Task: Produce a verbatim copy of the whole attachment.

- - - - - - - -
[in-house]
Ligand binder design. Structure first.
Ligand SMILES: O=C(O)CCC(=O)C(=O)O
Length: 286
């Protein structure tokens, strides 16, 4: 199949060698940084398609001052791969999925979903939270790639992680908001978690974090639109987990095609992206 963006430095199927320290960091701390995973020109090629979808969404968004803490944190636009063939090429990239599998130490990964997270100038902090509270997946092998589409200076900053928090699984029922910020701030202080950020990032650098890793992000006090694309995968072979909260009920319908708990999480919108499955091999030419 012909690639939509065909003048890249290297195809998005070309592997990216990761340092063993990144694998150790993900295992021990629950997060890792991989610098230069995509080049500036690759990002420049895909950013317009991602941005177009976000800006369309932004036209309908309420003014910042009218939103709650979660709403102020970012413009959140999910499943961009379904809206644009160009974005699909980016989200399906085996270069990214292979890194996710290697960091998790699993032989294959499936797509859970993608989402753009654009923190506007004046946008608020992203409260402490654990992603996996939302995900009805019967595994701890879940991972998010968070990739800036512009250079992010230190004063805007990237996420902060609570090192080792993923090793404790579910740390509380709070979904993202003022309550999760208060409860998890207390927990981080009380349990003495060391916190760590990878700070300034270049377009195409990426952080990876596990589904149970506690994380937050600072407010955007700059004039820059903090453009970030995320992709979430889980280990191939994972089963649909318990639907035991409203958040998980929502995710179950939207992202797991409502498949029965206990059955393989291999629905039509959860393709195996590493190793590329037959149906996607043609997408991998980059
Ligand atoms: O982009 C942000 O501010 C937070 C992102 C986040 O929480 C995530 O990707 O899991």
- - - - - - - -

[in-house]
Ligand binder design. Structure first.
Ligand SMILES: O=C(O)CCC(=O)C(=O)O
Length: 286
């Protein structure tokens, strides 16, 4: 199949060698940084398609001052791969999925979903939270790639992680908001978690974090639109987990095609992206 963006430095199927320290960091701390995973020109090629979808969404968004803490944190636009063939090429990239599998130490990964997270100038902090509270997946092998589409200076900053928090699984029922910020701030202080950020990032650098890793992000006090694309995968072979909260009920319908708990999480919108499955091999030419 012909690639939509065909003048890249290297195809998005070309592997990216990761340092063993990144694998150790993900295992021990629950997060890792991989610098230069995509080049500036690759990002420049895909950013317009991602941005177009976000800006369309932004036209309908309420003014910042009218939103709650979660709403102020970012413009959140999910499943961009379904809206644009160009974005699909980016989200399906085996270069990214292979890194996710290697960091998790699993032989294959499936797509859970993608989402753009654009923190506007004046946008608020992203409260402490654990992603996996939302995900009805019967595994701890879940991972998010968070990739800036512009250079992010230190004063805007990237996420902060609570090192080792993923090793404790579910740390509380709070979904993202003022309550999760208060409860998890207390927990981080009380349990003495060391916190760590990878700070300034270049377009195409990426952080990876596990589904149970506690994380937050600072407010955007700059004039820059903090453009970030995320992709979430889980280990191939994972089963649909318990639907035991409203958040998980929502995710179950939207992202797991409502498949029965206990059955393989291999629905039509959860393709195996590493190793590329037959149906996607043609997408991998980059
Ligand atoms: O982009 C942000 O501010 C937070 C992102 C986040 O929480 C995530 O990707 O899991």